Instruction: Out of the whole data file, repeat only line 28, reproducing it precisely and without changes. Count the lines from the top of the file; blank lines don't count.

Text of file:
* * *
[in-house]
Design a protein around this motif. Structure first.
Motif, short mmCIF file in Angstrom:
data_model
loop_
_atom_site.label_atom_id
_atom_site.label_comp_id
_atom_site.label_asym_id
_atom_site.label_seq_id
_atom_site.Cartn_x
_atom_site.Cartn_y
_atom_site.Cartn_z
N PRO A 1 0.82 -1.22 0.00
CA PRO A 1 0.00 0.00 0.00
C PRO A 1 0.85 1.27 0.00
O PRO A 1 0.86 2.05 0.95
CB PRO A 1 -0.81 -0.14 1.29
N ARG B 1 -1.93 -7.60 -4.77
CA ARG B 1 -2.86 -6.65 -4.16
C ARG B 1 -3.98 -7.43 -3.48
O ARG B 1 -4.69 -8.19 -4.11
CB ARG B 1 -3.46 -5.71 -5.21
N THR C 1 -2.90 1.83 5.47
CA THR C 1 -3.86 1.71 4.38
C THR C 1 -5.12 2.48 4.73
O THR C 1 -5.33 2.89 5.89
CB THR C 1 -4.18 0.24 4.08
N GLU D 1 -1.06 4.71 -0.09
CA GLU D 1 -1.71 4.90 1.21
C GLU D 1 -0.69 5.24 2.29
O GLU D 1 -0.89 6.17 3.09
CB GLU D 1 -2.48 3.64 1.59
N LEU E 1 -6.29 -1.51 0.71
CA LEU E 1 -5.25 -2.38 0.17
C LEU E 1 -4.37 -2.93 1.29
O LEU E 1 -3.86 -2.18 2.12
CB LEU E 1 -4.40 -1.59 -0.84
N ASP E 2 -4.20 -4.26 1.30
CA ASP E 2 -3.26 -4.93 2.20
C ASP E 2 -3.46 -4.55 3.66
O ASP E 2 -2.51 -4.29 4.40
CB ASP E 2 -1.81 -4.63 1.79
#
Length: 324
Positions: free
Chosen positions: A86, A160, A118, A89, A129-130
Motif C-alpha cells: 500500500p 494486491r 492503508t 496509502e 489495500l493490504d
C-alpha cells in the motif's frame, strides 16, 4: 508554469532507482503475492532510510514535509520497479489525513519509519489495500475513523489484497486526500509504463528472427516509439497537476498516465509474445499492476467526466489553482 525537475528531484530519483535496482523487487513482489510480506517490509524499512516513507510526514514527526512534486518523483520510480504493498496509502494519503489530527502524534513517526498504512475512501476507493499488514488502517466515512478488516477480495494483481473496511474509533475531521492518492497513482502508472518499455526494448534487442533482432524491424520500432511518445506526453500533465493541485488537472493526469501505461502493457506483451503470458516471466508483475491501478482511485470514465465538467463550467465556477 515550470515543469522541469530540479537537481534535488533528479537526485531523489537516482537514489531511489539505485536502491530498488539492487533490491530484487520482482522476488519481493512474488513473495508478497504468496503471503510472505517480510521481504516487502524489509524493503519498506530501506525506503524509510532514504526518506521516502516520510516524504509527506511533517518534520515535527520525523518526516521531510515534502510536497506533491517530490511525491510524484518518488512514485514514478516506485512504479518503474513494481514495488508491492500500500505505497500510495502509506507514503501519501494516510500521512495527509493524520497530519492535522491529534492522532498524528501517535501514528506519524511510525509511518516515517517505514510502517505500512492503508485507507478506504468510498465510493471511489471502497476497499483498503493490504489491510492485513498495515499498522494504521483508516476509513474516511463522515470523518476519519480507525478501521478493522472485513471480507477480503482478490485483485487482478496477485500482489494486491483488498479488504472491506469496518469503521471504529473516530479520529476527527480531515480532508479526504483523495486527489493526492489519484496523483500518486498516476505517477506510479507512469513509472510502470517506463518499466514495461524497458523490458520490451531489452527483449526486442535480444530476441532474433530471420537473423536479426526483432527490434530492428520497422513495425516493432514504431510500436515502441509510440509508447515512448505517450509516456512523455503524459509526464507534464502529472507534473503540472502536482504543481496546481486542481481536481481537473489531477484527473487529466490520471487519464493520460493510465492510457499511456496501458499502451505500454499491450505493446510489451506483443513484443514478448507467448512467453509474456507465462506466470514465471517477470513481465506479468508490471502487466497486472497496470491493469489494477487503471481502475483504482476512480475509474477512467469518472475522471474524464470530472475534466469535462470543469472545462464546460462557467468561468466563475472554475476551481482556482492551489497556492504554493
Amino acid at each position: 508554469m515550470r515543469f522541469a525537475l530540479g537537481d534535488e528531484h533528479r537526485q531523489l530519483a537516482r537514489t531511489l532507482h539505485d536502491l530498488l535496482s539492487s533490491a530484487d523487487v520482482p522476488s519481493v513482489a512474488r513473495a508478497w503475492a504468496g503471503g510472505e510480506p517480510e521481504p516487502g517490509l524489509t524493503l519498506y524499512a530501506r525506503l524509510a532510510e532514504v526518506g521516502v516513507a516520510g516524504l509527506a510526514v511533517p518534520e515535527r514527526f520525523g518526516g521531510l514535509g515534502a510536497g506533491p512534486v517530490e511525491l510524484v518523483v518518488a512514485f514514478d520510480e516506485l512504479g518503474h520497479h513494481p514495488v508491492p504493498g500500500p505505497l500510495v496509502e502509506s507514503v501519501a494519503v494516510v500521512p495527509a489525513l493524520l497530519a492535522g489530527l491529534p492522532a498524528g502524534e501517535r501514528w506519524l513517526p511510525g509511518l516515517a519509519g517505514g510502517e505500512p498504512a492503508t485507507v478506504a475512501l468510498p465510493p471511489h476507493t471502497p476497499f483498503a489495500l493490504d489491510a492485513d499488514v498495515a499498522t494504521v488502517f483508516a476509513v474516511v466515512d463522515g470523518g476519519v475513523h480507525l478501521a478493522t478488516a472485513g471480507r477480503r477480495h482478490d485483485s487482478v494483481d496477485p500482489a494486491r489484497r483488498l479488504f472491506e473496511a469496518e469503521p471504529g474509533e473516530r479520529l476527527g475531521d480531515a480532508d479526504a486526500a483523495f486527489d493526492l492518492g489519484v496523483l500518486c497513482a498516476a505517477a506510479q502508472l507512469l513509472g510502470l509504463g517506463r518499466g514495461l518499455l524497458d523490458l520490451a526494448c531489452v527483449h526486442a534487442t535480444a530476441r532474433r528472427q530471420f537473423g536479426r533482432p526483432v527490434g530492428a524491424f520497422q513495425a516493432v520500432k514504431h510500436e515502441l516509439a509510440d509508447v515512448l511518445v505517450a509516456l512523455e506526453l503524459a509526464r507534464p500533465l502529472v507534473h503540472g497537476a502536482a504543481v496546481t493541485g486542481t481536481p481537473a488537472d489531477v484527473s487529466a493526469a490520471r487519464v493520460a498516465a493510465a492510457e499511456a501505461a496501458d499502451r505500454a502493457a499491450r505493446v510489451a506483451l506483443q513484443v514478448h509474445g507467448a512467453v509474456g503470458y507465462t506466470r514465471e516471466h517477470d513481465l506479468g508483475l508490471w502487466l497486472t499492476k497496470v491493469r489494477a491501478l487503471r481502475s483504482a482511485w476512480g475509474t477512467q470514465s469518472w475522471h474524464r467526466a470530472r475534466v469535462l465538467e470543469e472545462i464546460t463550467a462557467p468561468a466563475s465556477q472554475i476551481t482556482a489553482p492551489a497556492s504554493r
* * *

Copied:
N GLU D 1 -1.06 4.71 -0.09